Normal, or not
Last Friday J administered my final PIO shot. No more greeting the day with a poke in the ass. Hallelujah. On Saturday we celebrated by sleeping in well past the normal injection time. I would have slept in even longer, but my bladder refused to play along. That's happening more and more these days.
It seemed strange to me that you quit PIO cold-turkey. One day your body gets extra progesterone, the next day it doesn't. How does that make sense? I asked the RE. He said your body starts making progesterone at around 7 weeks. He rather sheepishly admitted that in theory we could have stopped doing the shots around that time, but that they recommend continuing in the name of caution. I'm all for caution when it comes to maintaining this pregnancy, so I didn't complain. In fact, I told him I'd continue the shots through the entire pregnancy if he told me it would help. "No doubt," he said. "You'd stand on your head for three hours a day if I told you it would help." Sadly, he's right.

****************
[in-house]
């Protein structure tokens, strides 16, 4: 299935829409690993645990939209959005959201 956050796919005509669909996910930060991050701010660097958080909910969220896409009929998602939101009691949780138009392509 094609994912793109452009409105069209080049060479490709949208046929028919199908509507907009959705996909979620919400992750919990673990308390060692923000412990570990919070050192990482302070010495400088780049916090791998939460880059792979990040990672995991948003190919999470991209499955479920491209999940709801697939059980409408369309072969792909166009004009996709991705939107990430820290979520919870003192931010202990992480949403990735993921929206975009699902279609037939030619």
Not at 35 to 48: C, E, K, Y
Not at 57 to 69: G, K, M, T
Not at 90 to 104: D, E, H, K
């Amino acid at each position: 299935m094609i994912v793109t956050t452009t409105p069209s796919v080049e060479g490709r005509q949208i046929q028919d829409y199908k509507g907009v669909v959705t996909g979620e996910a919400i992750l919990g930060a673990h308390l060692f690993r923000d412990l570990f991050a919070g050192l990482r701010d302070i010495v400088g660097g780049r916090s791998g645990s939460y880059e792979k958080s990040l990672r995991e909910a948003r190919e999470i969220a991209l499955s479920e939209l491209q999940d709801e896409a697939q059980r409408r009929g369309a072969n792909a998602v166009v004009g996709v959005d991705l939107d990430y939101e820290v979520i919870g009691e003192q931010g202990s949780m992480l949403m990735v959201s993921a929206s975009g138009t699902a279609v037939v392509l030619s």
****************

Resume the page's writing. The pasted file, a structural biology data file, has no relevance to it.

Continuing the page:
So, for the first time in longer than I can remember, the only medication I'm on is prenatal vitamins. My RE said that at this point my pregnancy is no different than any other pregnancy, and I am no different than any other pregnant woman.
Except that I am. The scars of infertility don't magically disappear once you become pregnant. You've read that same statement on a million other pregnancy-after-infertility blogs, and it's true. You worked a lot harder to get to this point than most of the other pregnant women out there, and somehow that's significant. It makes you different and it makes you feel differently about your pregnancy.
I recently trolled through some popular pregnancy message boards and found I just couldn't relate to the other women. Those 23-year-olds who tried for 6 weeks, or women pregnant with their 4th, or those who "weren't even trying! LOL!" Their stories simply aren't my story.
I'm going to have to find a good pregnancy-after-infertility message board. Somewhere where pronouncements like, "I'm more bloated now than I was even after my egg retrieval" or "I haven't seen a doctor in two weeks and I'm in withdrawal" won't fall on deaf ears. At least somewhere where I'll never again have to read the statement, "Vaginal ultrasounds? I didn't even know they did those. Gross!"
I mean, seriously.